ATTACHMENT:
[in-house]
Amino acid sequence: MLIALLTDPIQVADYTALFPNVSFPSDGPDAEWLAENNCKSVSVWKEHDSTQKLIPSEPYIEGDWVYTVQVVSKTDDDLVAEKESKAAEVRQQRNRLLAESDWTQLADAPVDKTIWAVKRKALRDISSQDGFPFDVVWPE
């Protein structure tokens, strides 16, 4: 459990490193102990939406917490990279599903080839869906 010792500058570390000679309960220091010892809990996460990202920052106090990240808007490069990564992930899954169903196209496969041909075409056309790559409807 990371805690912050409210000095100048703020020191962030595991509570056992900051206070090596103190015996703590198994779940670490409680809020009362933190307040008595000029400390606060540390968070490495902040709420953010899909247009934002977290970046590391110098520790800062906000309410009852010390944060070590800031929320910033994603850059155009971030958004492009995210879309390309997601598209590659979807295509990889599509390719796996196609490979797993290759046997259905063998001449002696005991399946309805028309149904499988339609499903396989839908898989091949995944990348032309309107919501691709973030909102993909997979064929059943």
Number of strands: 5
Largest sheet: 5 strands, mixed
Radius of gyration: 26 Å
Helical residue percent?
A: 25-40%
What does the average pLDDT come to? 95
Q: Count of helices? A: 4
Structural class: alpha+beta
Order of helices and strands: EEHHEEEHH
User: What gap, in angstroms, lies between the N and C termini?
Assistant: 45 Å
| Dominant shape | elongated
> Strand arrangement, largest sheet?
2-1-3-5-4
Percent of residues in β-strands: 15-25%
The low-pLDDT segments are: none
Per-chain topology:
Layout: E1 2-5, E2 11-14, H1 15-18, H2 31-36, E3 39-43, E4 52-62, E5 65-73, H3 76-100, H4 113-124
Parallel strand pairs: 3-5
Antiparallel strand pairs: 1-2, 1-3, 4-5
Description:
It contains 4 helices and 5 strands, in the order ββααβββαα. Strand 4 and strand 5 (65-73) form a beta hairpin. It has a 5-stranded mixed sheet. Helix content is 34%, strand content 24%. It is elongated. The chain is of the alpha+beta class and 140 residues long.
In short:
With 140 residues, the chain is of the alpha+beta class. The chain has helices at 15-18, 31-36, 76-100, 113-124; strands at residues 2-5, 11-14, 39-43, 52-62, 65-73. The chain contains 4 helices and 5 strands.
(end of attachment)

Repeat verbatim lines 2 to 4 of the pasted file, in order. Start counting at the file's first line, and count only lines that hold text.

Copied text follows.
Amino acid sequence: MLIALLTDPIQVADYTALFPNVSFPSDGPDAEWLAENNCKSVSVWKEHDSTQKLIPSEPYIEGDWVYTVQVVSKTDDDLVAEKESKAAEVRQQRNRLLAESDWTQLADAPVDKTIWAVKRKALRDISSQDGFPFDVVWPE
């Protein structure tokens, strides 16, 4: 459990490193102990939406917490990279599903080839869906 010792500058570390000679309960220091010892809990996460990202920052106090990240808007490069990564992930899954169903196209496969041909075409056309790559409807 990371805690912050409210000095100048703020020191962030595991509570056992900051206070090596103190015996703590198994779940670490409680809020009362933190307040008595000029400390606060540390968070490495902040709420953010899909247009934002977290970046590391110098520790800062906000309410009852010390944060070590800031929320910033994603850059155009971030958004492009995210879309390309997601598209590659979807295509990889599509390719796996196609490979797993290759046997259905063998001449002696005991399946309805028309149904499988339609499903396989839908898989091949995944990348032309309107919501691709973030909102993909997979064929059943």
Number of strands: 5